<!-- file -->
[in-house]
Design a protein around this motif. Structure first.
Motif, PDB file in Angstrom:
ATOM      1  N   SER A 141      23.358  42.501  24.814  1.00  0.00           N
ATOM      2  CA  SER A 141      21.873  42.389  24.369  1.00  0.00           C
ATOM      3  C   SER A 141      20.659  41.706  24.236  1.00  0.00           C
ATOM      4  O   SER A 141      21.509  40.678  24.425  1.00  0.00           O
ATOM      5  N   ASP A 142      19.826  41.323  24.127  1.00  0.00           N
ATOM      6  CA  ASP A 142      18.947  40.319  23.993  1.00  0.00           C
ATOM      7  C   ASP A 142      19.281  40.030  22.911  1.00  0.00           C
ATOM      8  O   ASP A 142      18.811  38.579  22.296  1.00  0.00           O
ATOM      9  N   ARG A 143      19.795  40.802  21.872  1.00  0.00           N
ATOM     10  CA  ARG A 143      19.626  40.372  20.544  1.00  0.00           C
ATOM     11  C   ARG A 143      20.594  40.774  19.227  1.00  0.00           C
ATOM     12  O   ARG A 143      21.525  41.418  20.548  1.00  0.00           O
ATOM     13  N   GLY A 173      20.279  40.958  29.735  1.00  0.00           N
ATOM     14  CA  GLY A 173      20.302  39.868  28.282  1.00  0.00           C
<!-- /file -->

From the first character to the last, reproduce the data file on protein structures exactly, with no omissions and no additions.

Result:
[in-house]
Design a protein around this motif. Structure first.
Motif, PDB file in Angstrom:
ATOM      1  N   SER A 141      23.358  42.501  24.814  1.00  0.00           N
ATOM      2  CA  SER A 141      21.873  42.389  24.369  1.00  0.00           C
ATOM      3  C   SER A 141      20.659  41.706  24.236  1.00  0.00           C
ATOM      4  O   SER A 141      21.509  40.678  24.425  1.00  0.00           O
ATOM      5  N   ASP A 142      19.826  41.323  24.127  1.00  0.00           N
ATOM      6  CA  ASP A 142      18.947  40.319  23.993  1.00  0.00           C
ATOM      7  C   ASP A 142      19.281  40.030  22.911  1.00  0.00           C
ATOM      8  O   ASP A 142      18.811  38.579  22.296  1.00  0.00           O
ATOM      9  N   ARG A 143      19.795  40.802  21.872  1.00  0.00           N
ATOM     10  CA  ARG A 143      19.626  40.372  20.544  1.00  0.00           C
ATOM     11  C   ARG A 143      20.594  40.774  19.227  1.00  0.00           C
ATOM     12  O   ARG A 143      21.525  41.418  20.548  1.00  0.00           O
ATOM     13  N   GLY A 173      20.279  40.958  29.735  1.00  0.00           N
ATOM     14  CA  GLY A 173      20.302  39.868  28.282  1.00  0.00           C